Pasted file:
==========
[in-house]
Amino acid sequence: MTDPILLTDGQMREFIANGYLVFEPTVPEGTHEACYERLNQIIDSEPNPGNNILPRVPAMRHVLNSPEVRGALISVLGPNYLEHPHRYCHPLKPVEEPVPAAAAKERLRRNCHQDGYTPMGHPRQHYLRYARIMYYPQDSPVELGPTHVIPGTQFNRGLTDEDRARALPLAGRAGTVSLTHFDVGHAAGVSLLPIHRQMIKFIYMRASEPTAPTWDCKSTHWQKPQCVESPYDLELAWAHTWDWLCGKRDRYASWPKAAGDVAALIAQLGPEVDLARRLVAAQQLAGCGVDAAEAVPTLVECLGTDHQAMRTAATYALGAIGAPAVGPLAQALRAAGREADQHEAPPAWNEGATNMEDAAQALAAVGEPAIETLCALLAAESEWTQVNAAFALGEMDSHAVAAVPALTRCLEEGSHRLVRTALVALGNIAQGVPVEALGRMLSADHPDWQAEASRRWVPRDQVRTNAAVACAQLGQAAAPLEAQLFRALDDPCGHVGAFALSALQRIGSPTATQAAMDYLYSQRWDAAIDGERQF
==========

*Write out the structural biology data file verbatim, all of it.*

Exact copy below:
[in-house]
Amino acid sequence: MTDPILLTDGQMREFIANGYLVFEPTVPEGTHEACYERLNQIIDSEPNPGNNILPRVPAMRHVLNSPEVRGALISVLGPNYLEHPHRYCHPLKPVEEPVPAAAAKERLRRNCHQDGYTPMGHPRQHYLRYARIMYYPQDSPVELGPTHVIPGTQFNRGLTDEDRARALPLAGRAGTVSLTHFDVGHAAGVSLLPIHRQMIKFIYMRASEPTAPTWDCKSTHWQKPQCVESPYDLELAWAHTWDWLCGKRDRYASWPKAAGDVAALIAQLGPEVDLARRLVAAQQLAGCGVDAAEAVPTLVECLGTDHQAMRTAATYALGAIGAPAVGPLAQALRAAGREADQHEAPPAWNEGATNMEDAAQALAAVGEPAIETLCALLAAESEWTQVNAAFALGEMDSHAVAAVPALTRCLEEGSHRLVRTALVALGNIAQGVPVEALGRMLSADHPDWQAEASRRWVPRDQVRTNAAVACAQLGQAAAPLEAQLFRALDDPCGHVGAFALSALQRIGSPTATQAAMDYLYSQRWDAAIDGERQF